LOUNT, SAMUEL, blacksmith, surveyor’s assistant, businessman, politician, and rebel; b. 24 Sept. 1791 in Catawissa, Pa, eldest son of Gabriel Lount and Philadelphia Hughes; m. 1815 Elizabeth Soules, and they had seven children; hanged 12 April 1838 in Toronto.
Samuel Lount first came to Upper Canada when his father brought the family to Whitchurch Township in 1811, but he returned to Pennsylvania on business and spent the duration of the War of 1812 in the United States. Returning to Whitchurch in 1815, for the next three years Lount studied blacksmithing and he became an excellent craftsman. In the fall of 1818 he moved to Newmarket, where he kept a tavern for two years. During that time Lount, who was a skilled woodsman, assisted his brother George in the surveying of West Gwillimbury, Tecumseth, and Innisfil townships. He also explored the Nottawasaga River for the government in preparation for settlement.
Lount next lived in Whitchurch for about a year and a half, and then moved to the Holland Landing area. He was primarily a blacksmith, helping to build the first steamboat on Lake Simcoe, the Sir John Colborne, but he also kept a store in partnership with George for several years, and during the last two years of his life he was a farmer. An extremely generous man, Lount was sought out by many who immigrated to the Lake Simcoe region. He provided advice and assistance without thought of compensation and became one of the most highly respected settlers in the area. This stature led to offers of public office and requests that he become a candidate for the House of Assembly, but Lount preferred to remain in the background. He turned down the position of registrar of lands for Simcoe County in favour of George, and when asked to run for the assembly in 1828 he declined and supported John Cawthra.
In 1834 Lount was persuaded to run for Simcoe County and was successful. With his strong concern for his fellow man, he gravitated to the reformers, and he became a friend and ally of William Lyon Mackenzie*. In the election of 1836 Lount was defeated by William Benjamin Robinson*, who was assisted by what the reformers felt were corrupt practices on the part of the provincial executive, and he became disillusioned with normal political processes. He thus participated in the political union movement of the summer and fall of 1837 which was designed to pressure the British government to effect reforms. In the fall Lount was one of the small number of locally prominent men whom Mackenzie approached with a scheme to replace the provincial government with one responsive to the needs of the people.
Lount eagerly agreed to the plan, which involved a march on Toronto on 7 December, because he was assured by Mackenzie that it could be accomplished without bloodshed and would have the approval of prominent supporters of the government. He used his popularity in the area south of Lake Simcoe to influence many others to join the march. When a message from Dr John Rolph* urged that the uprising be advanced to 4 December to forestall rumoured preparations by the government, Lount led one of the first parties to reach Montgomery’s Tavern, north of Toronto, the headquarters selected by Mackenzie.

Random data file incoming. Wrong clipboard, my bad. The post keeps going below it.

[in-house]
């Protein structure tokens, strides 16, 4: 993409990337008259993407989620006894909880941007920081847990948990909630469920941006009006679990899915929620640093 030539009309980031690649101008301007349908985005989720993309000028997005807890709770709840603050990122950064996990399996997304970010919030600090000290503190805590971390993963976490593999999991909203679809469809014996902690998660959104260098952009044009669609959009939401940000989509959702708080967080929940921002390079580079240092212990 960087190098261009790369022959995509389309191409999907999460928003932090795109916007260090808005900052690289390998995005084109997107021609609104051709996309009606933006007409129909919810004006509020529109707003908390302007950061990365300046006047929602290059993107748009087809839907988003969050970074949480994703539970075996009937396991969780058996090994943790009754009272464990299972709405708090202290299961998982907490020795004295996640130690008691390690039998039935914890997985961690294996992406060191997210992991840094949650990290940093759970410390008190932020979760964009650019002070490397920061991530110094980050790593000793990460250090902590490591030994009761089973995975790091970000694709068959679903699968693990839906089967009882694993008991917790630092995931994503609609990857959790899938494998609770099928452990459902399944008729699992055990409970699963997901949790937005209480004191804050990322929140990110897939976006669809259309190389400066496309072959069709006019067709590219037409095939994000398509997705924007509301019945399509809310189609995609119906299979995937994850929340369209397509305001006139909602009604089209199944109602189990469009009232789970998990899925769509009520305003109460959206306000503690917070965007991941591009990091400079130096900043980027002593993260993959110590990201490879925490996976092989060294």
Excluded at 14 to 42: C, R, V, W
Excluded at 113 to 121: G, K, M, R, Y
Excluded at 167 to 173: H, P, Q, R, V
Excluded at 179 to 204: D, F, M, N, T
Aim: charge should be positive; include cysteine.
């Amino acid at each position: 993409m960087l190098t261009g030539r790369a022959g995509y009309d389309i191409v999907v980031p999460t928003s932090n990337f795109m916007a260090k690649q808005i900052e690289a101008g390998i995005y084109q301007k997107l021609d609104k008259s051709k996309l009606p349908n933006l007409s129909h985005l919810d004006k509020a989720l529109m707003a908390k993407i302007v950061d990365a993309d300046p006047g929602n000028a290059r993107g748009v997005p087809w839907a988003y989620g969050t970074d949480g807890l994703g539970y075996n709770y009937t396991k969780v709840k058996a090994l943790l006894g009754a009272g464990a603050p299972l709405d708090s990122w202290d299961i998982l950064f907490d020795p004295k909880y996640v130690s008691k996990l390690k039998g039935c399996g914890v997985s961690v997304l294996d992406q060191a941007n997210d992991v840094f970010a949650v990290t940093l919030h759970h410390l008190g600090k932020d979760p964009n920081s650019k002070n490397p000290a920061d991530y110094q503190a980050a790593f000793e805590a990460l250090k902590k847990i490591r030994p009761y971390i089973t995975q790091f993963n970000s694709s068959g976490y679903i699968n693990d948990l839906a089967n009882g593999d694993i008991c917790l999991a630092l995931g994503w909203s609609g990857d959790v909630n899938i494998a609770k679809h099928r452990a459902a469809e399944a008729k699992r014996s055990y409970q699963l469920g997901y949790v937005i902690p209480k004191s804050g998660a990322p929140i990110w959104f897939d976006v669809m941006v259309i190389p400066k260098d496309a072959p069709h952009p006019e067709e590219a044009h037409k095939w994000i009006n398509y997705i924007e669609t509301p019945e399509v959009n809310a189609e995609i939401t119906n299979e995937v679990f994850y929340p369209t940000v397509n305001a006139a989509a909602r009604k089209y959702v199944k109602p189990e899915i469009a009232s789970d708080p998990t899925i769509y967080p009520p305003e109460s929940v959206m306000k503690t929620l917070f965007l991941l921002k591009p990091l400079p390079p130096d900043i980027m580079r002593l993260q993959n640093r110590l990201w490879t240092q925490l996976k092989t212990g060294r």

Lount was at the centre of activity until the rebellion failed on the 7th. However, the deaths of a rebel and a loyalist on the first night gave him strong misgivings about the venture. Despite Mackenzie’s opposition, he attempted to get medical aid for the dying loyalist, Colonel Robert Moodie. On 5 December, Lount and David Gibson* stopped Mackenzie from burning Sheriff William Botsford Jarvis*’s house as he had burned the home of Dr Robert Charles Horne.
When loyalist forces dispersed the rebels on 7 December, Lount tried to flee to the United States. He and another man attempted to row across Lake Erie but were blown back and arrested as possible smugglers. Accused of treason, Lount pleaded guilty and petitioned for mercy. Despite supporting petitions bearing thousands of signatures, Lieutenant Governor Sir George Arthur* and the Executive Council decided that some examples had to be made and condemned him to death. Lount and Peter Matthews were executed on 12 April 1838 in the courtyard of the Toronto jail. The government then confiscated Lount’s small amount of property.
[One of the best sources of information on Lount’s life is a letter written by his wife Elizabeth. This appears in the Mackenzie–Lindsey papers, Mackenzie corr., at AO, MS 516; it is to William Lyon Mackenzie and is dated 12 April 1850, from Pontiac, Mich. Another excellent source is A. F. Hunter, A history of Simcoe County (2v., Barrie, Ont., 1909; repr. 2v. in 1, 1948). A small amount of biographical detail is also to be found in George Lount’s petition to the Executive Council, dated 2 Jan. 1840, in PAC, RG 1, E3, 46, file 38. Lount’s version of his role in the rebellion is contained in his petition in PAC, RG 5, A1: 107033–38, and his statement in RG 5, C1, 9, file 1209. For a broader discussion of Lount’s role and additional sources, see R. J. Stagg, “The Yonge Street rebellion of 1837: an examination of the social background and a re-assessment of the events” (phd thesis, Univ. of Toronto, 1976). r.j.s.]